Posted by Richard Willett - Memes and headline comments by David Icke Posted on 3 July 2024

To know Keir Starmer is to know Morgan McSweeney is to know Tony Blair. McSweeney is Starmer’s chief fixer and founder of professional censors, the Center for Countering Digital Hate (CCDH), which will see its power to censor opposition to the official narrative soar under Starmer

Note the American spelling of ‘Center’ – it is a transatlantic censorship operation connecting into the US Woke networks. CIA operative Lindsay Moran has been the organisation’s Head of Communications. It’s CEO and co-founder is Imran Ahmed, another Labour Party activist, who you will be hearing much more from under a Labour government.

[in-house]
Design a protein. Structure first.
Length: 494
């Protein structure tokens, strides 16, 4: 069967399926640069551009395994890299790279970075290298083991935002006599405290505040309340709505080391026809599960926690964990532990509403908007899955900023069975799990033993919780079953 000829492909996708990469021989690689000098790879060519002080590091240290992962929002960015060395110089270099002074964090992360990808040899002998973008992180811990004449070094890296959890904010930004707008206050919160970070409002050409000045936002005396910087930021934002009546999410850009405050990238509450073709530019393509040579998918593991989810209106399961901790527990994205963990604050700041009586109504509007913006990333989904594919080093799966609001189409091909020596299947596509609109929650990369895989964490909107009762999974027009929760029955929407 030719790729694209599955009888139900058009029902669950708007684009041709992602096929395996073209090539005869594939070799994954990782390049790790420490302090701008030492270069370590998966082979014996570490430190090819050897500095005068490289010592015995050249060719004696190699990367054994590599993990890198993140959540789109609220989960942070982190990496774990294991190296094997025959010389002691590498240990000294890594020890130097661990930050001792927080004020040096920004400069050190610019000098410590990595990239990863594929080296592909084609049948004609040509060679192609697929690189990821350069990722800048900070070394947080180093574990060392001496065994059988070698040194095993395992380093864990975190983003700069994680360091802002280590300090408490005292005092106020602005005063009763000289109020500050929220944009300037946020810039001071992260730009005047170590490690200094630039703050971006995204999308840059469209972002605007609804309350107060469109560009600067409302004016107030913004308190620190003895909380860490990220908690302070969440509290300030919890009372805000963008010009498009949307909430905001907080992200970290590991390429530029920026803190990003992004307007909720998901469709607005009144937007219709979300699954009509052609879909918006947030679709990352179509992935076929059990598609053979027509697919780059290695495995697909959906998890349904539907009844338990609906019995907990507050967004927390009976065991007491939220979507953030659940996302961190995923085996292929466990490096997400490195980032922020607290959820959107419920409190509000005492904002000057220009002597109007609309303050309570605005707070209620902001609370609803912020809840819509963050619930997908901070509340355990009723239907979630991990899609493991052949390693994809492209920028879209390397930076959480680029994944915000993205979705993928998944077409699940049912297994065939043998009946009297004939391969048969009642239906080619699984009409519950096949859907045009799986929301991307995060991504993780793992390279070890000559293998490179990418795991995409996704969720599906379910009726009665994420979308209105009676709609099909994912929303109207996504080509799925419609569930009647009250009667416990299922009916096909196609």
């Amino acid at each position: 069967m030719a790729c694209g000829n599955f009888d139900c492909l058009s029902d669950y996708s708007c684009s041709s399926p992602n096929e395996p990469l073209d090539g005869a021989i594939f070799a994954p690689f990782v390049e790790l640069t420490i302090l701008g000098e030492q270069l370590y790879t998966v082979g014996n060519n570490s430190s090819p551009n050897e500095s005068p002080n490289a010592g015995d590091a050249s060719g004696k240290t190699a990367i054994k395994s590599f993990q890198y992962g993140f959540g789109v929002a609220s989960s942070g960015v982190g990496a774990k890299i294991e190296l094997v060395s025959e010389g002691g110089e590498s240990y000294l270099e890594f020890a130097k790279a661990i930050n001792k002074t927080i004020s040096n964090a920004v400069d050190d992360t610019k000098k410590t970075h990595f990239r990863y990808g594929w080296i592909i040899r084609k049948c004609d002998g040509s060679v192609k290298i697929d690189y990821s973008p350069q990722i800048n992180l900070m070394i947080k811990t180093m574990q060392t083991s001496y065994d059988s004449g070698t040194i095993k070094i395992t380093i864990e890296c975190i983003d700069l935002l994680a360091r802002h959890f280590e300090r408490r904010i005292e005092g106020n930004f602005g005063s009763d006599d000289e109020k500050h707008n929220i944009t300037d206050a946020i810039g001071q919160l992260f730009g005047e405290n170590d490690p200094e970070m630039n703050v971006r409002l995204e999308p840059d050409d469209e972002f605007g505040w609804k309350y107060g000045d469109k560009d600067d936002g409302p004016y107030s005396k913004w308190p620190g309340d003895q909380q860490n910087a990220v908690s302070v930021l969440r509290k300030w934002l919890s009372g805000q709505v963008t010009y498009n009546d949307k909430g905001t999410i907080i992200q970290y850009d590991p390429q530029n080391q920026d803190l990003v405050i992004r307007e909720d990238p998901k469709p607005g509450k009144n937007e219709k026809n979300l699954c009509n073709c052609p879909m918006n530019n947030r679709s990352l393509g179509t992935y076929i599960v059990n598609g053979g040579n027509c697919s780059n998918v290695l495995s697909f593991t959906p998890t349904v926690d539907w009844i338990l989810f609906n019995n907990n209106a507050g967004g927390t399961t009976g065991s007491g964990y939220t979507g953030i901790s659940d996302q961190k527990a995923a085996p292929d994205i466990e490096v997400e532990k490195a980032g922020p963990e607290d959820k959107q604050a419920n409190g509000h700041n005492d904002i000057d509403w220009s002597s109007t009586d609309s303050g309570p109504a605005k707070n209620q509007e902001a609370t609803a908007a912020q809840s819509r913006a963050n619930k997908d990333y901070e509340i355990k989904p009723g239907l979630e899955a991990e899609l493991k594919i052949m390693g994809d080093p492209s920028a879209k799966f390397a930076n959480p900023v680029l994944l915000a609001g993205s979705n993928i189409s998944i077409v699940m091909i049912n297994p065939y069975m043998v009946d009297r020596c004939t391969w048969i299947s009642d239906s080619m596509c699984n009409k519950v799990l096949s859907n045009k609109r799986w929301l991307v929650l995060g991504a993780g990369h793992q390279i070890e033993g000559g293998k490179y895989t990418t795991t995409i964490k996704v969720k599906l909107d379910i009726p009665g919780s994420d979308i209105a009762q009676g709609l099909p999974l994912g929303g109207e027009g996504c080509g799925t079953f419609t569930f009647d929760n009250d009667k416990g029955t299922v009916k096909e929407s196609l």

This March, Andrew Marr told New Statesman readers there is a ‘battle for Keir Starmer’s soul’ as ‘two groups on the party’s right are vying to control its future’. Marr said these groups fighting to ‘control’ Starmer are the Tony Blair Institute and Labour Together.

Labour members certainly weren’t told they were getting a vote-Starmer-get-Blair deal. With Labour Together, many simply won’t know who they are, let alone whether they want them in charge. So who are this group with access to Keir Starmer’s soul?

Labour Together calls itself ‘a think tank offering bold ideas for Britain under a Labour government’. They have many things in common with Westminster’s corporate-funded policy shops, but Labour Together’s single-minded drive for back-room sway with Labour’s leadership is something different. The organisation looks more like a scheme for a band of high-net-worth individuals to shape Labour’s leadership, fixing them to the low-tax, pro-market policies they and their bank balances prefer.